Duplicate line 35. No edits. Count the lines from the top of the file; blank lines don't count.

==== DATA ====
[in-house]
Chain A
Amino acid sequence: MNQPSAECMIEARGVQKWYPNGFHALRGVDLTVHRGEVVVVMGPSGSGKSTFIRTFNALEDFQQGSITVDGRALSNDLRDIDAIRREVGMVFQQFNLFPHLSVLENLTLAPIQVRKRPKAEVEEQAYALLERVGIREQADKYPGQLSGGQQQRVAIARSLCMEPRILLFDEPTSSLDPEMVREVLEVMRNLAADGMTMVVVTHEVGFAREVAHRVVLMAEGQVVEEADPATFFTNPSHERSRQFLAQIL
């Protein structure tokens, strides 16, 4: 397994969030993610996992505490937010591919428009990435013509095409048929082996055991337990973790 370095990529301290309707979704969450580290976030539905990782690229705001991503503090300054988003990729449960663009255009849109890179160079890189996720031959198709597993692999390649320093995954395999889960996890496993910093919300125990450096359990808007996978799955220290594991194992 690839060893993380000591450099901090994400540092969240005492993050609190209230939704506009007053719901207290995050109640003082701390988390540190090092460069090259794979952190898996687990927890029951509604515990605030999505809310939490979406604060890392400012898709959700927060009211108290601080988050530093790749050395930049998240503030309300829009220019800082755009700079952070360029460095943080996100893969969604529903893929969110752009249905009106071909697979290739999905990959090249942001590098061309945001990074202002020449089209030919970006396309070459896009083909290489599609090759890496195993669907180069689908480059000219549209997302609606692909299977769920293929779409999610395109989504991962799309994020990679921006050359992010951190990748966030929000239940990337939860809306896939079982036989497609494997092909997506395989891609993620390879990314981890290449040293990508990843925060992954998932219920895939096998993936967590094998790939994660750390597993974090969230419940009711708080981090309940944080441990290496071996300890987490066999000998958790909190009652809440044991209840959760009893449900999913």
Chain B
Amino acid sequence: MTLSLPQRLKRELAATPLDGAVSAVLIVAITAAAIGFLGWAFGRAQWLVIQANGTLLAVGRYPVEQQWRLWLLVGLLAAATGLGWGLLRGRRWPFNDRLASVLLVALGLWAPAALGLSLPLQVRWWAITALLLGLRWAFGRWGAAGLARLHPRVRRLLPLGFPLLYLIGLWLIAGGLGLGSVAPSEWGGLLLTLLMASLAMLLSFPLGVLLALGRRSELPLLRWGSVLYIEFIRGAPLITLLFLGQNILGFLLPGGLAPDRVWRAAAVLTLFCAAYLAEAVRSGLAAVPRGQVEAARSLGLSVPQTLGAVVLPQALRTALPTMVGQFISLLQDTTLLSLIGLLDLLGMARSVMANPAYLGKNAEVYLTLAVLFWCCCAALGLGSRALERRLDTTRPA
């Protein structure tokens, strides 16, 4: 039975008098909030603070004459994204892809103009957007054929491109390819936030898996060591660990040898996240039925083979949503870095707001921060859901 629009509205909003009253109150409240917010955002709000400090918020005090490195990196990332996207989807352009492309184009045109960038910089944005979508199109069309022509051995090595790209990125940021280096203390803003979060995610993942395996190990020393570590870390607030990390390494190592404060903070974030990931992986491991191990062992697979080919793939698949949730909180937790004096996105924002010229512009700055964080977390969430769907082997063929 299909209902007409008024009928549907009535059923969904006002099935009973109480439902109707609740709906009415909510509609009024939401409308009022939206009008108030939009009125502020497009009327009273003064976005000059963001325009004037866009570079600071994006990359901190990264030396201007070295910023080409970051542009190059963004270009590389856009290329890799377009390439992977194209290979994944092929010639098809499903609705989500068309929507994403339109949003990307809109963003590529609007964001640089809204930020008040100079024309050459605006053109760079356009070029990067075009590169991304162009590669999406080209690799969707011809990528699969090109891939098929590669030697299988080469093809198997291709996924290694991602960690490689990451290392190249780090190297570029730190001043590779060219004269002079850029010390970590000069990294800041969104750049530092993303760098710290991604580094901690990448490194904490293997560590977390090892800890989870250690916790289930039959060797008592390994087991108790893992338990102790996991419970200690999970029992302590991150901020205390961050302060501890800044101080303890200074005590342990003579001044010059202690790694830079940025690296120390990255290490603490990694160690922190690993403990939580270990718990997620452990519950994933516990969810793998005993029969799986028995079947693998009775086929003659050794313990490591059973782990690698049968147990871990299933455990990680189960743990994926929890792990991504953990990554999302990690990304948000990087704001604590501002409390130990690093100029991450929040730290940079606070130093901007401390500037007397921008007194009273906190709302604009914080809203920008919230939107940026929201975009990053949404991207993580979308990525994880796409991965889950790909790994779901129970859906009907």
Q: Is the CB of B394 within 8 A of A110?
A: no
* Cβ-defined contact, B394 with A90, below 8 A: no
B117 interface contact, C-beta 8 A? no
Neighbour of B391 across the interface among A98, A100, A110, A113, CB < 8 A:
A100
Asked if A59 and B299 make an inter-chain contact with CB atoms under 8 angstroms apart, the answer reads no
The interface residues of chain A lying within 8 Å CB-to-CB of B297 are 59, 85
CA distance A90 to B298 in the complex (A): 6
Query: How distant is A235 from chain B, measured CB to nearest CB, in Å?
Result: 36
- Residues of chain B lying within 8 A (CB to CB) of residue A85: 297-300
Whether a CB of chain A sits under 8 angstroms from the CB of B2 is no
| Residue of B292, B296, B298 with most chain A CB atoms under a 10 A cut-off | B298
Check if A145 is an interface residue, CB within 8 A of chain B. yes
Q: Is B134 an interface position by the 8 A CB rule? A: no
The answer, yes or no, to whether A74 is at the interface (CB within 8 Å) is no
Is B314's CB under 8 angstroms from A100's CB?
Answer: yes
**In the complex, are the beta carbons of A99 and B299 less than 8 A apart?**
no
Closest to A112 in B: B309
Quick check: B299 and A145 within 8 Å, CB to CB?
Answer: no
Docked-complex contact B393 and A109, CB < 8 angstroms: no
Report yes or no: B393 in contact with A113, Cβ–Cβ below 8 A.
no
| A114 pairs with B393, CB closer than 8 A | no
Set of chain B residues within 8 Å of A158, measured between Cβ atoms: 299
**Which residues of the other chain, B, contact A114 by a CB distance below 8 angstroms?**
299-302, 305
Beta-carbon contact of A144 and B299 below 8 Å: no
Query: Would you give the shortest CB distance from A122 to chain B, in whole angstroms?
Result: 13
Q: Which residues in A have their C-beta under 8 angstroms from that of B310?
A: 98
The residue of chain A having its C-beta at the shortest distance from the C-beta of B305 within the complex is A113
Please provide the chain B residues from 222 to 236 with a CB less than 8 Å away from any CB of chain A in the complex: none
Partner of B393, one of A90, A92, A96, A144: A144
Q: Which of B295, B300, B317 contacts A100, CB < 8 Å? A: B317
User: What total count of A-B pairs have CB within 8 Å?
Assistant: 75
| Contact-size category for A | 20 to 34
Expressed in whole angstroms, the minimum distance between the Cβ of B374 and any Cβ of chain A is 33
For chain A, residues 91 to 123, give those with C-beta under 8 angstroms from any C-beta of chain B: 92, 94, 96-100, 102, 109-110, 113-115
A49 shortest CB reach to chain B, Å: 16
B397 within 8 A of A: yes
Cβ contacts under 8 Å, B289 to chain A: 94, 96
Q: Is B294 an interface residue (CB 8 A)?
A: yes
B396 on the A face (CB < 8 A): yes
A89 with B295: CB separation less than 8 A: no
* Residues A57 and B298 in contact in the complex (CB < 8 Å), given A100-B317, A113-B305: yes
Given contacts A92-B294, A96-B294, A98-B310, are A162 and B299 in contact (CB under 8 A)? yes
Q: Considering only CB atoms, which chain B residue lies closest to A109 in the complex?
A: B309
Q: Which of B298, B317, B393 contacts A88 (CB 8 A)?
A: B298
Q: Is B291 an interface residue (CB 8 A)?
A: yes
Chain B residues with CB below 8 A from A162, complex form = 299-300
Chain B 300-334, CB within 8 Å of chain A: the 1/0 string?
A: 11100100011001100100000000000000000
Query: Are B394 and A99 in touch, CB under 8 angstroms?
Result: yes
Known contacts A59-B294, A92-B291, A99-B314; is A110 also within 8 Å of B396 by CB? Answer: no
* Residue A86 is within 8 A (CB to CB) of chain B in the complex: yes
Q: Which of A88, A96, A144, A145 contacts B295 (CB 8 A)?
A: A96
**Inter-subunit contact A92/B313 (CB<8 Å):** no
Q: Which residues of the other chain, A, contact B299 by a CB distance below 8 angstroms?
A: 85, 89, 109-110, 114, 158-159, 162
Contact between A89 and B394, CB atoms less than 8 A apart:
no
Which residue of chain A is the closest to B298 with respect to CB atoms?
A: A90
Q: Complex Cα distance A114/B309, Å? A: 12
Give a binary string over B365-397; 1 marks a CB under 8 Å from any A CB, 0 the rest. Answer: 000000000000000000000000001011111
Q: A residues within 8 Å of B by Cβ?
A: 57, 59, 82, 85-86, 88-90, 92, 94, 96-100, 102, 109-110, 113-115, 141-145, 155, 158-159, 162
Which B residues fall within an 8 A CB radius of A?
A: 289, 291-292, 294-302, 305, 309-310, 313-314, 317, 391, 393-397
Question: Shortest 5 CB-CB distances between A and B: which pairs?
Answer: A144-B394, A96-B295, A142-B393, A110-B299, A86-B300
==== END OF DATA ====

| A114 pairs with B393, CB closer than 8 A | no